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Europe, explained

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Singer Engelbert Humperdinck, performing in Las Vegas. In May he will represent the UK at the Eurovision Song Contest, a kind of anti-Vegas Vegas. (Ethan Miller/AFP/Getty Images)

The Eurovision song contest is one those kitschy/campy events that brighten the world. Since it started in the 1950's as a kind of Europe-wide sing-along to chase away the post war blues it has become a huge event.

This year representatives of more than 40 countries will gather in May for the big sing-off in Baku, Azebaijan (not exactly Europe but we're talking about the European ideal when we talk about Eurovision).


Evangelos Venizelos is a glutton for punishment. As Greece's finance minister when the the debt crisis exploded last summer he was involved in the intense, soul-shredding negotations that led his country, the EU and the global economy to the edge of the abyss.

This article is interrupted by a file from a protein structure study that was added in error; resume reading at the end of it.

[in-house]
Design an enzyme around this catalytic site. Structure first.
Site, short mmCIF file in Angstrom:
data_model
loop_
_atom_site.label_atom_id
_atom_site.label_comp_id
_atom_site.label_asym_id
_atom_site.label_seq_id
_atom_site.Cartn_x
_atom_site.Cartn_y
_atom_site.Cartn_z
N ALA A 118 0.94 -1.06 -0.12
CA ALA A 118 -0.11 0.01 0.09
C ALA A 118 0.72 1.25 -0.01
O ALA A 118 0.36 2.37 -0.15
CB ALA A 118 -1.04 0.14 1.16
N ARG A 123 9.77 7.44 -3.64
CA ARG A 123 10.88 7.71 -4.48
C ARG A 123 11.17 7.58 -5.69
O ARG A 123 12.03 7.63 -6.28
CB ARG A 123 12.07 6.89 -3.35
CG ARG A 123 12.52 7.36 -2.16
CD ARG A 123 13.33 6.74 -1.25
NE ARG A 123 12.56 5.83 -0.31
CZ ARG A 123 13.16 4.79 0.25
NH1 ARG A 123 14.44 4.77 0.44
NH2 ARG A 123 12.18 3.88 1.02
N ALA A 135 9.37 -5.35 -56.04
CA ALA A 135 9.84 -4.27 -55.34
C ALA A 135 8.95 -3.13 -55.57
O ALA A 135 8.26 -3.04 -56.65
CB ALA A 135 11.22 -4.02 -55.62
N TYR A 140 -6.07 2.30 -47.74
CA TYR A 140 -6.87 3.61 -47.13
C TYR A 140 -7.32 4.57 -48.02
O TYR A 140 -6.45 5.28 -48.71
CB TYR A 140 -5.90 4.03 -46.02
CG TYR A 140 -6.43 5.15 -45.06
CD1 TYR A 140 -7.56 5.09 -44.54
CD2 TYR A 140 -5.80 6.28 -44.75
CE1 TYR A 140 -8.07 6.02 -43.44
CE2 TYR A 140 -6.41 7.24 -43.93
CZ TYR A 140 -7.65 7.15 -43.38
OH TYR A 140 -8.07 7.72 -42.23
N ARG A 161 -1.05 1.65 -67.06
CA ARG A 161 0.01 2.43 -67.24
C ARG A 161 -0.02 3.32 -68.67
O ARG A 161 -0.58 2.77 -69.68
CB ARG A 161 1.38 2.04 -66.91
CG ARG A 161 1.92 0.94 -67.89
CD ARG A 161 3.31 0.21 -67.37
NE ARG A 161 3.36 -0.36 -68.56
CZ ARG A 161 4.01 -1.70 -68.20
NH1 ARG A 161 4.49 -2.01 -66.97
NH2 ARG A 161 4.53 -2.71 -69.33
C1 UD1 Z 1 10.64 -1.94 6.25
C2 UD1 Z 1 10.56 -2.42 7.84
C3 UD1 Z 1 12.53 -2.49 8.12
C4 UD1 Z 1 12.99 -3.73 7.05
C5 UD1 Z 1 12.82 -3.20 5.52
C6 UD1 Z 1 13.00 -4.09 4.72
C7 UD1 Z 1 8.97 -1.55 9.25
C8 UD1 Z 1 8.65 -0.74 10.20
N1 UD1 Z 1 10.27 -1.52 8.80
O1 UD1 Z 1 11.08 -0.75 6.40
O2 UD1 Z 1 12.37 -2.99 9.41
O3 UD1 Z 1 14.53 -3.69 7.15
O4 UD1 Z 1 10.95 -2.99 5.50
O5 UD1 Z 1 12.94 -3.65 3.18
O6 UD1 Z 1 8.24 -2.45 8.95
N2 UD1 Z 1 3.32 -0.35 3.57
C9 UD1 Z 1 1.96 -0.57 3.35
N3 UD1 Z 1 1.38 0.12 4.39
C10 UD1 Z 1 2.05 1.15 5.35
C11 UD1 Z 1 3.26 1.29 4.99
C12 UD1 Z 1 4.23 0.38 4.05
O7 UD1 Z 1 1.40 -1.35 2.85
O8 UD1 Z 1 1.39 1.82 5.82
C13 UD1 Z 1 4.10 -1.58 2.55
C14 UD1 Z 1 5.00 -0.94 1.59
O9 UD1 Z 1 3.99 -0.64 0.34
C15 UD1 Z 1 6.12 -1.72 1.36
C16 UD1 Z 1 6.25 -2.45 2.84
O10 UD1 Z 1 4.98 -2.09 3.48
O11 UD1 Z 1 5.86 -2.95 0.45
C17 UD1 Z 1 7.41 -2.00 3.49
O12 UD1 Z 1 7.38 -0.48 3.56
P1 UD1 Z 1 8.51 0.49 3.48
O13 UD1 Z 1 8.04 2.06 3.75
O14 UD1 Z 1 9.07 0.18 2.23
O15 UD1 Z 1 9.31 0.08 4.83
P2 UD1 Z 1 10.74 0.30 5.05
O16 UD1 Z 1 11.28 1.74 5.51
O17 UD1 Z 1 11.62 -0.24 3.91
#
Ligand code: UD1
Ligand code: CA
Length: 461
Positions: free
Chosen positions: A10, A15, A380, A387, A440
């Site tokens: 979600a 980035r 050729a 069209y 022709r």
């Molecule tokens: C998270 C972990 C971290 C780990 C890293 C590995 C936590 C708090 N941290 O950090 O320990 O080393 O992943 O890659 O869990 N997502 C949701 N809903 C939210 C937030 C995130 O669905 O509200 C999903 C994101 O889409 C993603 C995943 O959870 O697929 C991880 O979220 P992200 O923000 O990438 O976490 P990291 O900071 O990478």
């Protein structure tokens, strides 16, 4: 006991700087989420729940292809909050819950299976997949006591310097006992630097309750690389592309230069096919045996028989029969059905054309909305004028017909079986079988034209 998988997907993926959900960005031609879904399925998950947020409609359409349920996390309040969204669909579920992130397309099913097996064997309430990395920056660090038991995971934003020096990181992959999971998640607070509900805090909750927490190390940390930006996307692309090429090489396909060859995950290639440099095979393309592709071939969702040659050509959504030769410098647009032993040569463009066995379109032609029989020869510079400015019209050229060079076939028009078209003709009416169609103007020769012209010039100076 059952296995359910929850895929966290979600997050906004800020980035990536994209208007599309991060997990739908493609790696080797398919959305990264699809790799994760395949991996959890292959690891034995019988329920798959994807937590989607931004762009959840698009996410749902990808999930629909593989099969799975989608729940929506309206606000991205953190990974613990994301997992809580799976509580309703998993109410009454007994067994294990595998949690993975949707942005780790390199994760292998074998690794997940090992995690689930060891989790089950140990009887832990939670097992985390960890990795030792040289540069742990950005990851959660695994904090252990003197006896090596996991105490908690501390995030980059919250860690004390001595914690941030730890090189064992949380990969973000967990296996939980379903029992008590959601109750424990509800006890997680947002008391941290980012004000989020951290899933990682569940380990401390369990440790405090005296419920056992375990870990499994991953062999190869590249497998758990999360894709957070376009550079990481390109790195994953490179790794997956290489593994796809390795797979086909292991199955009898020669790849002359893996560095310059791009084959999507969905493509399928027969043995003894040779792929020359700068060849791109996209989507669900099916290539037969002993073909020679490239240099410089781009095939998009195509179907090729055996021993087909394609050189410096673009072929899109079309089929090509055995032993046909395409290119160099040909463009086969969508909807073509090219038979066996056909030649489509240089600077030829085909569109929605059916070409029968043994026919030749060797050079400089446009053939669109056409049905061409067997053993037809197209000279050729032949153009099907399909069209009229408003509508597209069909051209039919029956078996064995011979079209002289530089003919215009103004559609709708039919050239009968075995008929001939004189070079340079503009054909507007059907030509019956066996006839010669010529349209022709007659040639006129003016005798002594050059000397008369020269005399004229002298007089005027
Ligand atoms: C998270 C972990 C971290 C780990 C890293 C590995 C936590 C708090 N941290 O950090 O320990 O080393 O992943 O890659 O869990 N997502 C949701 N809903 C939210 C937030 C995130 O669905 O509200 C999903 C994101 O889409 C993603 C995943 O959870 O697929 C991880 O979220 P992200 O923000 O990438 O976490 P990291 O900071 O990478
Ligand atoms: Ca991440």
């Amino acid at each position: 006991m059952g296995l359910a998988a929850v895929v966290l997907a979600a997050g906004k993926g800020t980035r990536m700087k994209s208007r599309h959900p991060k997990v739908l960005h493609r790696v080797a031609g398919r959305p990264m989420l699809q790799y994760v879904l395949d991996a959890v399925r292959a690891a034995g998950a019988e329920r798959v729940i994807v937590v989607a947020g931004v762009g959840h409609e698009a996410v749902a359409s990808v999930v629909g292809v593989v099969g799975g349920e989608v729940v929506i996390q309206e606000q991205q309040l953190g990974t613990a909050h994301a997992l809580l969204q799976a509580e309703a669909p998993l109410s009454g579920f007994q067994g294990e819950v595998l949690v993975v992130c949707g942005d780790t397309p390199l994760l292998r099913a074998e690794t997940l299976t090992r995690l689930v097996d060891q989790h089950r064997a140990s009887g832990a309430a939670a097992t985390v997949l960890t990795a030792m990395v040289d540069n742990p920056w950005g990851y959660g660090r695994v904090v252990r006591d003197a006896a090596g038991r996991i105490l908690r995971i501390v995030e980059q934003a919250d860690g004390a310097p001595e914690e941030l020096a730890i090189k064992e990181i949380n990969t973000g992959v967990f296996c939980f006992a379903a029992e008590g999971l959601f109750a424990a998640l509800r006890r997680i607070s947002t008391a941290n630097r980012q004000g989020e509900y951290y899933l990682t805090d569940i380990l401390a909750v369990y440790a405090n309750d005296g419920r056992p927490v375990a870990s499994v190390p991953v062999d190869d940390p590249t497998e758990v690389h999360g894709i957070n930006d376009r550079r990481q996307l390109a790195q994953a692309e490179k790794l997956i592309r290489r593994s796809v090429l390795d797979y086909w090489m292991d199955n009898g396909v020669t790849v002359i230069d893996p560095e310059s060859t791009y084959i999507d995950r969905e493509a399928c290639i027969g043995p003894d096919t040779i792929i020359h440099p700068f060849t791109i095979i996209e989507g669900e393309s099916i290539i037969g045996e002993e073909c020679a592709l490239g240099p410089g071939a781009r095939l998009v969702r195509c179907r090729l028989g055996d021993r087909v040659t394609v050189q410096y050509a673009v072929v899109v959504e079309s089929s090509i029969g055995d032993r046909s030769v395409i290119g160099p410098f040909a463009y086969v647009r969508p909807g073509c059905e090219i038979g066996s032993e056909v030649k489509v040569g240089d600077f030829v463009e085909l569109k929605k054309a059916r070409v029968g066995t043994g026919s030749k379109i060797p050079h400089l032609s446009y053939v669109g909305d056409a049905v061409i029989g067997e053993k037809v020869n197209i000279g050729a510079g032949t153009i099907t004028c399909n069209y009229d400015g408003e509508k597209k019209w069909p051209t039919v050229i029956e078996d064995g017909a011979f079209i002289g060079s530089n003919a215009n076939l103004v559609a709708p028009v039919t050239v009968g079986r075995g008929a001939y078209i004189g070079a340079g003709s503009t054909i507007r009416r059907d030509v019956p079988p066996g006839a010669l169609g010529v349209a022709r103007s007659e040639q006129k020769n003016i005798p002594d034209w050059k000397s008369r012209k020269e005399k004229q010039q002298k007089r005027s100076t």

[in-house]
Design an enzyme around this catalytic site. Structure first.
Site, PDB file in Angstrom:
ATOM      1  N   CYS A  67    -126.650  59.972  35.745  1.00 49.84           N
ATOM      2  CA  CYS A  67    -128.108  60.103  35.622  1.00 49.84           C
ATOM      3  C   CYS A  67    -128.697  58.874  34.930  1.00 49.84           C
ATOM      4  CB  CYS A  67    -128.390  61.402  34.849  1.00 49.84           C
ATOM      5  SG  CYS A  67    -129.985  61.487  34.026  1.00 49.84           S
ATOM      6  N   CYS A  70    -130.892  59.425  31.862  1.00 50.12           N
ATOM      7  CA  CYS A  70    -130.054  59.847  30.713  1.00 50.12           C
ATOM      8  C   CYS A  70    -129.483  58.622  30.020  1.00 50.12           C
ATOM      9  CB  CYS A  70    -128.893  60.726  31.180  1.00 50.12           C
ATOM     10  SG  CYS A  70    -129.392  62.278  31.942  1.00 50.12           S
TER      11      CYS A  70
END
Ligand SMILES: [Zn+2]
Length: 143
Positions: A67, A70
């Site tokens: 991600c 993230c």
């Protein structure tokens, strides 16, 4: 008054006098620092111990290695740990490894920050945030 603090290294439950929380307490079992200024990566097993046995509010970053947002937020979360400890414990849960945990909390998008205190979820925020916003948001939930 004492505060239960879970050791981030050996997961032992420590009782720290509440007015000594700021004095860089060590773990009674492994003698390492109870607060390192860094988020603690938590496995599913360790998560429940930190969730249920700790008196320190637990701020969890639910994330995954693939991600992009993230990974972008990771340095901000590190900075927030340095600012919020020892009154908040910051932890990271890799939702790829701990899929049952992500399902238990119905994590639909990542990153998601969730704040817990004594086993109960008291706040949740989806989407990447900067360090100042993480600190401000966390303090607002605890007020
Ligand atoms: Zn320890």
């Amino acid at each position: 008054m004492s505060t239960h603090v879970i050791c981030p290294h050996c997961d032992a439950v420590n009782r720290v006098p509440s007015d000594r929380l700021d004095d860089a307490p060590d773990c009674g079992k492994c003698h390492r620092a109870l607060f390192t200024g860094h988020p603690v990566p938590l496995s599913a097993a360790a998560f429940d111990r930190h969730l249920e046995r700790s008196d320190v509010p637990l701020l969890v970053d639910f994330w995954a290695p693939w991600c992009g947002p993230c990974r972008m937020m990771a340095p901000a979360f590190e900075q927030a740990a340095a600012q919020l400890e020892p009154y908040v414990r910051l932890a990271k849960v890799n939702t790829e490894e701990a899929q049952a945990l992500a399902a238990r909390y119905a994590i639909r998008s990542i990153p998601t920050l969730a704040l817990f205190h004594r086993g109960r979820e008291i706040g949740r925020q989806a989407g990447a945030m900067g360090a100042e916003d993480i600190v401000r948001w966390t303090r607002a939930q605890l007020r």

His boss, former Prime Minister George Papndreou, resigned under the strain. Venizelos was briefly hospitalized with stress.

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Police forensic teams working outside the Jewish school in Toulouse where three children and a rabbi were murdered today. (ERIC CABANIS/AFP/Getty Images)

We know the where, when and how but what yokes together the drive-by assassinations of paratroopers from immigrant backgrounds and a rabbi and three Jewish school children?

This post is likely to be superseded by events but it is important to summarize what is known seven hours after today's killings (thanks to the BBC):


Waffen SS commemoration in Riga, Latvia